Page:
The U.S. Department of Agriculture’s (USDA’s) Food Safety and Inspection Service (FSIS) recently started requiring meat processors to affix labels to their beef products indicating that it has been mechanically tenderized, along with safe cooking instructions for consumers to follow.
Because beef tenderness is a key selling point for beef products, meat processors pierce and puncture slabs of meat with blades and needles to break up tough tissue. This process is referred to as mechanical tenderizing, which can take place before packaging, at the retail butcher counter, in a restaurant or even at home.
The problem is that the tenderizing process can introduce pathogens--Salmonella or E. coli--that get transferred from the meat’s surface to its interior, which is why FSIS has required packaging labels to include safe cooking instructions that should kill those pathogens. Another reason why labels were deemed necessary is because mechanically tenderized meat looks exactly the same as traditional meat. Now, mandatory labels will educate consumers on what they are buying and what food safety risks are associated with mechanically tenderized products.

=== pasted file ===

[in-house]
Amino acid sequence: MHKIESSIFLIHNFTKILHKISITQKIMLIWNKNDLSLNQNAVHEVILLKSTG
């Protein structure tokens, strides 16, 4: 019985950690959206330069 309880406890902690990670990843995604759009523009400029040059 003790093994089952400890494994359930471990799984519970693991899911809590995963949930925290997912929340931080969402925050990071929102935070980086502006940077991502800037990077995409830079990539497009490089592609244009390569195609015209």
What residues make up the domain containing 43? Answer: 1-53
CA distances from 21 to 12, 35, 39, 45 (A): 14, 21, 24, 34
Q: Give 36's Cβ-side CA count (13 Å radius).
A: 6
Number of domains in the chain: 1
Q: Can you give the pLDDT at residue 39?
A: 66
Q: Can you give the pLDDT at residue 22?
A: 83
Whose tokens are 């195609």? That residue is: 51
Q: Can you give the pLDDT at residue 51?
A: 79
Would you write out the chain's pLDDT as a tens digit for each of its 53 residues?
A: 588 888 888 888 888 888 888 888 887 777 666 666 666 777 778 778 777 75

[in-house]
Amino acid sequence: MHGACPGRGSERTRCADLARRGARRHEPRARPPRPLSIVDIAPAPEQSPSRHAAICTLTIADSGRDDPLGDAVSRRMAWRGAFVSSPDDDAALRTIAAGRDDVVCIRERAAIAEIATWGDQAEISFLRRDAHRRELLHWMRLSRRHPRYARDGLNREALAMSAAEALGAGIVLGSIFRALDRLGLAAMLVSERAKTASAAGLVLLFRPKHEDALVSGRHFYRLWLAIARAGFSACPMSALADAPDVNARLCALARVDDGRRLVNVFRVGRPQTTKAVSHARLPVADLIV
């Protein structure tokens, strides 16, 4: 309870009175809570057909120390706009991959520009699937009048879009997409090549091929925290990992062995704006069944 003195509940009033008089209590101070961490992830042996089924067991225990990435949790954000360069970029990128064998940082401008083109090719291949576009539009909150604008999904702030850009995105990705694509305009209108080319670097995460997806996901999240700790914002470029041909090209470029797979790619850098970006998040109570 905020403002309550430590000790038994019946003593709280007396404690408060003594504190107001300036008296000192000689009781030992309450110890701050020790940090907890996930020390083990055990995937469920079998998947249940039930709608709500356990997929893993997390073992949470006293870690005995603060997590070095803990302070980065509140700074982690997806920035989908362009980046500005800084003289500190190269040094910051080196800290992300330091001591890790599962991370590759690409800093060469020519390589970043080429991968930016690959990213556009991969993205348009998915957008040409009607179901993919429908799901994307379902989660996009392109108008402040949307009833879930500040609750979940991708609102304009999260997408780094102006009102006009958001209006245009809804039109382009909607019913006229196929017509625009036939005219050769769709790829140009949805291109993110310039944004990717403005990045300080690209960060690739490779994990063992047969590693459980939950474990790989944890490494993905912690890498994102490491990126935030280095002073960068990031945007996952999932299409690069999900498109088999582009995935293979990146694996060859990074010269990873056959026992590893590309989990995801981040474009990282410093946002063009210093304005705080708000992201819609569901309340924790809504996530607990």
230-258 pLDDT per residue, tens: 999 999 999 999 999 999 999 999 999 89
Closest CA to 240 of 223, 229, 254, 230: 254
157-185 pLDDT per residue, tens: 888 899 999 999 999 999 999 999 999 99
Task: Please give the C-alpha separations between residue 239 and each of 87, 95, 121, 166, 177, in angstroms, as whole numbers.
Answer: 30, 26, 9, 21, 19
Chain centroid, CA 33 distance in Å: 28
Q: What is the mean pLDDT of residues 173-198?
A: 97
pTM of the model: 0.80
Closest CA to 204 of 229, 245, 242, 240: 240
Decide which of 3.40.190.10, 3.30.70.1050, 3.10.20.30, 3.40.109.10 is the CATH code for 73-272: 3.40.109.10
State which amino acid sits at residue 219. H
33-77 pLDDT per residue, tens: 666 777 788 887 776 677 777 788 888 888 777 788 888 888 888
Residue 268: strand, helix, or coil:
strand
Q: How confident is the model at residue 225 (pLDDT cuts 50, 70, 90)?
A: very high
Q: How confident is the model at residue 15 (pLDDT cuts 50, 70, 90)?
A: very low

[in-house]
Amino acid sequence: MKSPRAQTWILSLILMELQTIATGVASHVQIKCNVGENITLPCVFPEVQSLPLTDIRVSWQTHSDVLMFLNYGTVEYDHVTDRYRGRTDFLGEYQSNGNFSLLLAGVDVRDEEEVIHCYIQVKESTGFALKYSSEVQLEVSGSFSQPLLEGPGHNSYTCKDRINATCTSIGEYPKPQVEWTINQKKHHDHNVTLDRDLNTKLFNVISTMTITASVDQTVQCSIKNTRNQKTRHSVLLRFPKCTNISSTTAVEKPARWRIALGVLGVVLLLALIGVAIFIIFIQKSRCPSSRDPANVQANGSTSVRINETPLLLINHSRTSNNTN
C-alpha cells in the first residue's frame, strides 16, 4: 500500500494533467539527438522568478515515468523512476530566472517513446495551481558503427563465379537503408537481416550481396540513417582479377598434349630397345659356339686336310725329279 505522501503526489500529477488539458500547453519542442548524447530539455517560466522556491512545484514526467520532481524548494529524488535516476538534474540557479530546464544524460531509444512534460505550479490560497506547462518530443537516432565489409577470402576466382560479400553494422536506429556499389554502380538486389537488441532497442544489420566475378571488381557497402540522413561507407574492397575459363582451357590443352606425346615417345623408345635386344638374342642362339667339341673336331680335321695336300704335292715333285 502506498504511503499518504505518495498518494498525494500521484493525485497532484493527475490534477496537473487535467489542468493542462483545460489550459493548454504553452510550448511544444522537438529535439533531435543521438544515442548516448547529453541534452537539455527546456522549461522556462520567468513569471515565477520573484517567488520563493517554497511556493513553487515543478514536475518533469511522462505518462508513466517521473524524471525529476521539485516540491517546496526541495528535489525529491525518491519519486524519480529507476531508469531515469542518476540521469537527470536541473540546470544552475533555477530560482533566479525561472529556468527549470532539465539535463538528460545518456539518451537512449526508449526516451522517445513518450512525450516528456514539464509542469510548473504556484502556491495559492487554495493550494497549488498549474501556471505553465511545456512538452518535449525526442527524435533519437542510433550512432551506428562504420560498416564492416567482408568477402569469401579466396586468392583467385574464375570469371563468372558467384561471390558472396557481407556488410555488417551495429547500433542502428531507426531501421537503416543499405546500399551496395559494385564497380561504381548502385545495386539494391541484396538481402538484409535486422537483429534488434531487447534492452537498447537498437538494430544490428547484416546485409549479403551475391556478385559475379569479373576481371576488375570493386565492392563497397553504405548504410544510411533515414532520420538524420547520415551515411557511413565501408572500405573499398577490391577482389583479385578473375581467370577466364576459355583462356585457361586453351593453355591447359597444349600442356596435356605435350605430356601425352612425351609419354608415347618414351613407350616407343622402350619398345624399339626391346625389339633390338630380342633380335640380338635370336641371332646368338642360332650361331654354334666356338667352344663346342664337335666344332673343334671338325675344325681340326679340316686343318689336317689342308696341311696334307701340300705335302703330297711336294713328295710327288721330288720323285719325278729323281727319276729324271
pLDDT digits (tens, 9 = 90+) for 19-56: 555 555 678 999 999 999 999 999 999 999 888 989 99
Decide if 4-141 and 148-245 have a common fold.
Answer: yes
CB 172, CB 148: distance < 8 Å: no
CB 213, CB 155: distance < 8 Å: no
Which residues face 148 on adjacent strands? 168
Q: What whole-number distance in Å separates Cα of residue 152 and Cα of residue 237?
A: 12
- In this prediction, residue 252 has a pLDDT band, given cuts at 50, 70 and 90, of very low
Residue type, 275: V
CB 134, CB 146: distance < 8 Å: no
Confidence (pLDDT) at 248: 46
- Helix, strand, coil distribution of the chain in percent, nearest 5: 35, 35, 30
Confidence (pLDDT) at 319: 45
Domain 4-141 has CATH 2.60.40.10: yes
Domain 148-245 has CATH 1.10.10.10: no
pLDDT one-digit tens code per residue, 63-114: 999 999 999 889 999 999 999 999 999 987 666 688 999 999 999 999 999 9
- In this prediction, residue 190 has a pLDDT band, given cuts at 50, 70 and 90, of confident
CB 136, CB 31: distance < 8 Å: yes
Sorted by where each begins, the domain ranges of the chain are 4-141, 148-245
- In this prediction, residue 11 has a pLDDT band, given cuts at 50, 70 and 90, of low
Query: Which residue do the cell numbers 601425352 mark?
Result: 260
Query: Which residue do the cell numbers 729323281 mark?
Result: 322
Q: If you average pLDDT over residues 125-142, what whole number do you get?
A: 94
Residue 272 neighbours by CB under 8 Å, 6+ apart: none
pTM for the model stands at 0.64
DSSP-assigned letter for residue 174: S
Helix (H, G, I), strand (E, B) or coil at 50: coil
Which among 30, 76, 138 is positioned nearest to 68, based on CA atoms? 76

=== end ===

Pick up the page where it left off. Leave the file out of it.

Products such as ground beef and cubed steak are not subject to this new labeling rule since they are considered non-intact, or not composed of solid muscle.
New Labeling for Mechanically Tenderized Beef Set for May 2016